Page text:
It was mid-January and we had our first master class at the Seagull Books store. The guest was Norwegian author, poet, translator, literary critic and librarian Brit Bildøen (and yet I think I have left out a couple of feathers in her cap).
The session with Brit was fascinating primarily because she is, so far, the only author we’ve met who doesn’t write in English. To hear about the processes of writing and translation, from a person who does both, was intriguing. The focus of the conversation that took place was Brit’s novel Seven Days in August (2016), published by Seagull Books.
Brit covered a whole range of areas, including the writing process of an author and insight into her work of translation into Norwegian. Seven Days in August came out of a desire to write about the 2011 terrorist attacks in Oslo. It is a particularly sore subject for the country because, unlike India and other countries that have more or less gotten used to the idea, if not the actual horror of terrorist attacks, Norway had never experienced anything like it since the Second World War.
Despite wanting to write about the way the 2011 attacks affected their lives and psyche, Brit wanted to do it differently. She didn’t just want to write about the time immediately after the bombings but, rather, write about the future—about people’s lives, years after the tragedy. She sought to explore how, years later, the incident continues to infect the lives and relationship of a couple, Otto and Sofie, over a period of seven days.
As writers, we often start-off with an idea which gains a life of its own and, at times, resembles nothing of the original perhaps because the story progressed differently than we had imagined, or that other ideas and emotions seeped in and demanded a complete transformation of thought process. As an author hoping to publish a novel, how far do you think you can be in the writing process when the original idea has drastically evolved?—Brit was halfway through her novel when she revised it!
She began the novel with a specific narrative in mind, but the principal theme changed when a particular train of thought fused with the story. The politics surrounding the terror attacks as well certain creative tropes and emotions thrust the story in a new direction. This was a major point of interest for all of us because it’s so hard to imagine going back and reworking something from scratch, for inspiration demands it!
Another topic addressed, which writers might feel insecure or doubtful about—I know I have—was how to write about something you haven’t experienced yourself, especially, in the voices of different characters. I loved what Brit said regarding the process. To begin with, there’s the ‘well-known’ but can’t-be-stated-enough-times thumb rule: Read. Read. Read. Read. Read.
A couple of lines from Dr Seuss’ I Can Read with My Eyes Shut aptly sum up the current issue:
The more that you read, the more things you will know.
The more that you learn, the more places you’ll go.
It goes without saying, but helps to constantly remember, that the more stories and information we absorb, the more we learn. The more books and novels we read—the more characters, voices, opinions, perspectives, and psyches we know of and understand. After that, we should let our imagination run wild!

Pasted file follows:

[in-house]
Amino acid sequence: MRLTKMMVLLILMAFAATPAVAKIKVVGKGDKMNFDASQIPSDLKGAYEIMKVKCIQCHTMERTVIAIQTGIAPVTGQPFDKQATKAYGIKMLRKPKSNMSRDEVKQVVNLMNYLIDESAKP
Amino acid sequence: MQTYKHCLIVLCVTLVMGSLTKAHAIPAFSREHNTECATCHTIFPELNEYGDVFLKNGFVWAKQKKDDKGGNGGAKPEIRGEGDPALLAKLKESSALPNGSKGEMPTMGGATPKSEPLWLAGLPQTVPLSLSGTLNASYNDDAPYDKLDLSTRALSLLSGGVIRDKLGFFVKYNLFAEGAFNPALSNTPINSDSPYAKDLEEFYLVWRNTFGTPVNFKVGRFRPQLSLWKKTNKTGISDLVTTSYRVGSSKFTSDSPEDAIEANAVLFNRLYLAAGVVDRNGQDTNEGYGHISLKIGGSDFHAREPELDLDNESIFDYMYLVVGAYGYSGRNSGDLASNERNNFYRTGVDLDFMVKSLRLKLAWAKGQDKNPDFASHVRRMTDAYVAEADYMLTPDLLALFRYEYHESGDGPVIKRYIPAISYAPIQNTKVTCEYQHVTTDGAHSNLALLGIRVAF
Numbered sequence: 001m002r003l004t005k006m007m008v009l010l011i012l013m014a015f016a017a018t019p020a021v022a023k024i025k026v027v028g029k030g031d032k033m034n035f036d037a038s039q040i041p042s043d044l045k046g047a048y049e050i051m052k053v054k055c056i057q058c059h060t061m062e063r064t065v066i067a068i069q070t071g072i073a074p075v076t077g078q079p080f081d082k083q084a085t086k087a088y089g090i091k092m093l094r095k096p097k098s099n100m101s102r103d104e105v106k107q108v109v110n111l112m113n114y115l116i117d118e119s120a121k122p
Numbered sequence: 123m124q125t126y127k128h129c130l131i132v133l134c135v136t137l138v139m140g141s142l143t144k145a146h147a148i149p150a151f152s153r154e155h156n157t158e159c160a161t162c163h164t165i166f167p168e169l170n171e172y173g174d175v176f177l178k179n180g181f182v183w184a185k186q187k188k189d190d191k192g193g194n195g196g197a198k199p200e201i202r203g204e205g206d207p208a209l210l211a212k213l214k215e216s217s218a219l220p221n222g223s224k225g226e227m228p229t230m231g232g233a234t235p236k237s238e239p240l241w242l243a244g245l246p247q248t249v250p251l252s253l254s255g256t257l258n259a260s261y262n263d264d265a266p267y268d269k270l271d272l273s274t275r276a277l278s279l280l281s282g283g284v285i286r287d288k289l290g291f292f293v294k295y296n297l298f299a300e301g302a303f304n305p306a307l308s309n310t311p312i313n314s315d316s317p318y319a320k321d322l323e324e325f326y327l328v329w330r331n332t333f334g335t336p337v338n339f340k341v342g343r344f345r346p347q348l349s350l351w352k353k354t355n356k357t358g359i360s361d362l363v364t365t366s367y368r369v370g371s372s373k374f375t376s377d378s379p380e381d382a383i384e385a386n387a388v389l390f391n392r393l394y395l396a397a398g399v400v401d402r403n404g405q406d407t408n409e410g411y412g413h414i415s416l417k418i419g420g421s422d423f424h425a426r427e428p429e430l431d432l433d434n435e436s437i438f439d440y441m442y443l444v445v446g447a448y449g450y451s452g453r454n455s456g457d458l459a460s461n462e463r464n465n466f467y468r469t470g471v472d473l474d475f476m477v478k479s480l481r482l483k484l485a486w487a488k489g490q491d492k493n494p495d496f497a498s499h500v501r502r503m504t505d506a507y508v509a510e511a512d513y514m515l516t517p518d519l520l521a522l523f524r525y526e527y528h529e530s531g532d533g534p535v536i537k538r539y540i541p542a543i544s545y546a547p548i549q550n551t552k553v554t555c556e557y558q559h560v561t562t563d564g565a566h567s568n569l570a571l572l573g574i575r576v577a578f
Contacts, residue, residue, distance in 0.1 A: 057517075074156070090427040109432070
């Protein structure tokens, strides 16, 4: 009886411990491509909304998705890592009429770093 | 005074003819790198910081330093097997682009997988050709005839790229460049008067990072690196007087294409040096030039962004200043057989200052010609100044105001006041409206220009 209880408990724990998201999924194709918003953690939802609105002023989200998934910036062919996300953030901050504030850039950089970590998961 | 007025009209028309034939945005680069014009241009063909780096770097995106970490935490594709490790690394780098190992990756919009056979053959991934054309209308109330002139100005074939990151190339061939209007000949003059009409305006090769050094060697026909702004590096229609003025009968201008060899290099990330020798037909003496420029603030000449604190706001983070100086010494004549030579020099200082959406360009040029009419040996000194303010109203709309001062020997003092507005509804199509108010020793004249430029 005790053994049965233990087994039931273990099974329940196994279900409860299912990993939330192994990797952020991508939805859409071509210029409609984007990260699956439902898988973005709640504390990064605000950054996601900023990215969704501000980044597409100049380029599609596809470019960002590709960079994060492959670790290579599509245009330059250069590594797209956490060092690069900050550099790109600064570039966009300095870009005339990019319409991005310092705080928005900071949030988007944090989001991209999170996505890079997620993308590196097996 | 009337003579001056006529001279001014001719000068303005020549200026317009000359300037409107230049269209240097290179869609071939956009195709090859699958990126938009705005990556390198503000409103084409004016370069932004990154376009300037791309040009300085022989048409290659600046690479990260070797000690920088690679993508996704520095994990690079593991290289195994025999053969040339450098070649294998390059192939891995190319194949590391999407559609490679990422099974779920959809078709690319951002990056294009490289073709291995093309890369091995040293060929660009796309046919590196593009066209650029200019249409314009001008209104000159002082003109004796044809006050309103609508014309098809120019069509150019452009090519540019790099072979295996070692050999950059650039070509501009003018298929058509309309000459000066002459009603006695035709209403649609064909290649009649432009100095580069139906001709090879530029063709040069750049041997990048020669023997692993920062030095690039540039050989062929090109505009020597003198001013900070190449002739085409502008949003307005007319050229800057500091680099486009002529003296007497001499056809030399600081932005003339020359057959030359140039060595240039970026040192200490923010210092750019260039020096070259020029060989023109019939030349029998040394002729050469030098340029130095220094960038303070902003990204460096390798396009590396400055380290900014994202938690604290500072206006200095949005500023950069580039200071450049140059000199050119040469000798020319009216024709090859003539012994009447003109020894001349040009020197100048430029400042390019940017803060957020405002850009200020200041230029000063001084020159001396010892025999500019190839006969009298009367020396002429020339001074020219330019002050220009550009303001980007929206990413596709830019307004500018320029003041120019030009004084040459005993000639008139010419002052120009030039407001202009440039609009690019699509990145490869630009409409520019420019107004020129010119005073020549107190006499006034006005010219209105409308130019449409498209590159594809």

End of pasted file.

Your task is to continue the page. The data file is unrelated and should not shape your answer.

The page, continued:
As Brit said, a writer essentially takes on different personas in the course of a novel. Each comes with its own background, personality, experiences and tastes. As a writer, one should try to immerse into the skin of characters, pretend to be different people, and then write.
As to the dilemma of writing about things we haven’t experienced—how strong is your desire to share the story of something in the way you’ve thought about it? One of the key moments of the master class was when Brit spoke about how the tragedy caused massive ripples in the lives of the people, especially because Norway was known to be one of the most peaceful countries in the world. The terror attacks led to a loss of innocence.
She shared her fears and doubts on writing a story based on the tragic events of 2011 because she hadn’t personally experienced the loss. However, like most Norwegians, she felt so deeply about the incident and wanted to explore the long-lasting repercussions in ordinary people’s lives that she didn’t want to leave it unwritten.
Speaking about the quandary translators face between translating and transliterating a text, Brit mentioned a crucial aspect—that of retaining the essence, good language and fluency of the original work. These are more important than getting the exact wording right. The same point came up in another master class later with Tess Lewis, an American translator of French and German. Tess also spoke about the issues of finding the right words that not only convey the meaning of the text but also the flavour of the language and the story/idea/theme.
The session with Brit Bildøen encapsulated the groundwork of writing a novel. From the genesis of an idea, its development and transformation, to dealing with social and personal experiences and expectations—all these are the basic stages writers struggle with and overcome. She inspired a sense of confidence as a writer when she shared her own stories and experiences.
Not to forget, she also read an excerpt from the first chapter of Seven Days in August. I was already interested in the book, but as she read the passage, my desire to read it increased. I loved the lyrical, dreamy and penetrating narrative. So, of course, I did the only thing that was possible for me to do after the session. I bought a copy of the book! Moreover, it’s always fun and exciting to have a book signed by the author for you!